A stellar’s sea lion bites a pink salmon in half. This is a common technique used by some of the sea lions. I overheard some guy telling his wife that they bite them in half so they can swallow the fish in two pieces. But what actually is happening is a bit different. Like the bears, the lea lions soon tire of a straight diet of salmon and quickly begin to be more selective. What they want more than anything are the eggs. That’s why both bears and sea lions both often drop the males soon often they are caught. When a sea lion catches an egg-laden female salmon they may bite hard at the head end of the fish then violently jerk the fish to the side, ripping it in half and keeping the salmon head and guts along with the eggs in its mouth. The photo above shows the sea lion had the wrong end of the salmon and was left with just a tail. Visitors often comment on how wasteful the sea lions are but nothing really goes to wast. Bears, gulls, bald eagles, sea otters, harbor seals get what the sea lions leave behind, not to mention all the other hungry fish and crabs and other marine scavengers.
Very few birch still have unshed leaves during the long Alaskan winter and most are just too high for the hares to reach. But this winter extra heavy snows, more than three feet deep in places, brought a limited amount of these prefered leaves within reach of the hares.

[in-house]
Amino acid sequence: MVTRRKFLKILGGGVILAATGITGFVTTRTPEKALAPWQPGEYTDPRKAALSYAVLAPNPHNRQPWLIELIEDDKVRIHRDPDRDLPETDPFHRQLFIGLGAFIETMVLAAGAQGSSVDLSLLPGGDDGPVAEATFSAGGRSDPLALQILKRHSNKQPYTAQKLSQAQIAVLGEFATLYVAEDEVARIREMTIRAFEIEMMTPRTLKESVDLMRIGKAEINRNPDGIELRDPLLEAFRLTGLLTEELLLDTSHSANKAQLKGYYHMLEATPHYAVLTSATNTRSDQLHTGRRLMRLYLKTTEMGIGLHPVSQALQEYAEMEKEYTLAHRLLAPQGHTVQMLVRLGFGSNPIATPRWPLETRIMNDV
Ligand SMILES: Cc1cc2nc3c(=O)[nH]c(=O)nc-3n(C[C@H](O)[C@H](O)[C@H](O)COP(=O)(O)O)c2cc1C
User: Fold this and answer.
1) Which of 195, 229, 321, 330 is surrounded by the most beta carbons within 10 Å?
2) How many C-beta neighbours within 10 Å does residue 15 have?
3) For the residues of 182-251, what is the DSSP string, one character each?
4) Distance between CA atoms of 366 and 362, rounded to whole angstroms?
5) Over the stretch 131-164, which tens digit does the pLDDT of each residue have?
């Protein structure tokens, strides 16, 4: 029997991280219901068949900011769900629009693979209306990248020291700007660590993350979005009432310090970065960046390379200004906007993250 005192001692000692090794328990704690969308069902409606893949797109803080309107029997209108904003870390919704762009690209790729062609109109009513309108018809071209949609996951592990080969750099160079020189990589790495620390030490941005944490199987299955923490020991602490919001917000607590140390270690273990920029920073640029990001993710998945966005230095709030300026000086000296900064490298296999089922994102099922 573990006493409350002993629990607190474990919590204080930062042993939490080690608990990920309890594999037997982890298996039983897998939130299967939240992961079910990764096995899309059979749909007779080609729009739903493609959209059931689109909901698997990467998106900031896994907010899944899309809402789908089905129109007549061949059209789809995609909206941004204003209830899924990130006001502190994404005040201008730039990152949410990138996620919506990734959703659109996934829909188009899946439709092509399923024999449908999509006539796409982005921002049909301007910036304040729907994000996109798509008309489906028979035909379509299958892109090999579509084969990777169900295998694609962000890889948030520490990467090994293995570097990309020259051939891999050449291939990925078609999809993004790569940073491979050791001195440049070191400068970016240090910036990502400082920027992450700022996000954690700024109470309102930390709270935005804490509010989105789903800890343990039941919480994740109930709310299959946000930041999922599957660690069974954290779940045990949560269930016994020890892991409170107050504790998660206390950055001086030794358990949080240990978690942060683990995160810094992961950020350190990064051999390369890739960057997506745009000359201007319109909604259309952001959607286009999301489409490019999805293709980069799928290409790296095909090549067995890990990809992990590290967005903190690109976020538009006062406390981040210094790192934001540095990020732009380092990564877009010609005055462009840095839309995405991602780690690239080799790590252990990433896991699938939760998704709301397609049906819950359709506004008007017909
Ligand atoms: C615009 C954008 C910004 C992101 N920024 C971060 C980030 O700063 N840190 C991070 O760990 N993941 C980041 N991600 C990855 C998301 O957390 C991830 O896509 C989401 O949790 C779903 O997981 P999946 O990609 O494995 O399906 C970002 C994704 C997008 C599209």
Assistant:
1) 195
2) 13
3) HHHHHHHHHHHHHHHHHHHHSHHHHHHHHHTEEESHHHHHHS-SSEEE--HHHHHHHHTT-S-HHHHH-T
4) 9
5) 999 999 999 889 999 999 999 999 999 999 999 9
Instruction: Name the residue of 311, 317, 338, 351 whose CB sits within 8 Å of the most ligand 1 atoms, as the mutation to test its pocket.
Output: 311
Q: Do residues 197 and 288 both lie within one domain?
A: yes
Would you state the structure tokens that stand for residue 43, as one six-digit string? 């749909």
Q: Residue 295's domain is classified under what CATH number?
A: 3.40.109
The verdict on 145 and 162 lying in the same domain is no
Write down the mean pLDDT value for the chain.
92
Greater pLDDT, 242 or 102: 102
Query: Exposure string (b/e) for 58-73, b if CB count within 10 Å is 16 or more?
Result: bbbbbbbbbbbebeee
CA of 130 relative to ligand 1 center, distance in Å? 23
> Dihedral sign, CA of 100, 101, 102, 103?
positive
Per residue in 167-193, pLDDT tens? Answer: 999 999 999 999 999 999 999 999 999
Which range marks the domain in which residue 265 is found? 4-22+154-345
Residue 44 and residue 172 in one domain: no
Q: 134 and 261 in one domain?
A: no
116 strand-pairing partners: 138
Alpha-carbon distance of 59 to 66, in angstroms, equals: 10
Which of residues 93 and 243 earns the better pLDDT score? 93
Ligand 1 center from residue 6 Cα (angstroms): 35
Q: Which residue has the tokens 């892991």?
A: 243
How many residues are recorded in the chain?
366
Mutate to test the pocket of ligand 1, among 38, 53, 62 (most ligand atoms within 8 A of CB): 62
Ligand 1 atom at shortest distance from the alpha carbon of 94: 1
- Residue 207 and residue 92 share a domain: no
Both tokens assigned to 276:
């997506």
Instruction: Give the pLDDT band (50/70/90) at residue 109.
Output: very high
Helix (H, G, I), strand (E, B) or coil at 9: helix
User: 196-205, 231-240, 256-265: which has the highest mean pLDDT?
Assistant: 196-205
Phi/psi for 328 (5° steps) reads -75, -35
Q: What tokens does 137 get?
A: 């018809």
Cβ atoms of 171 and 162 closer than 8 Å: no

This snowshoe hare feeds on the bark of alpine birch. Hares often dig deep into the snow to reach the small twigs of blueberry. And, the large number of willow species found in these northern boreal forests are another important winter food.
A female great gray owl spreads her wings as she gently lands on the edge of her nest to resume incubating her four eggs. For two months this nest is the nucleus of activity for a pair of great gray owls. Owls do not build their own nests. Instead they use a variety of ready-made and vacant nests, like this one built many years before by northern goshawks. The great grays I had photographed three decades ago in Idaho prefered the bowled out tops of large broken pine trees for their nests.
To gain access to the nesting great grays, more than fifty feet above the forest floor, I scabbed two long extensions ladders together and added an additional extension using two by fours. I had located the nest thirteen years ago. The three-foot wide nest was built by northern goshawks in a towering quaking aspen. Every spring I’d hike to the remote nest site to check its status. Goshawks had used the nest only once during the last thirteen years.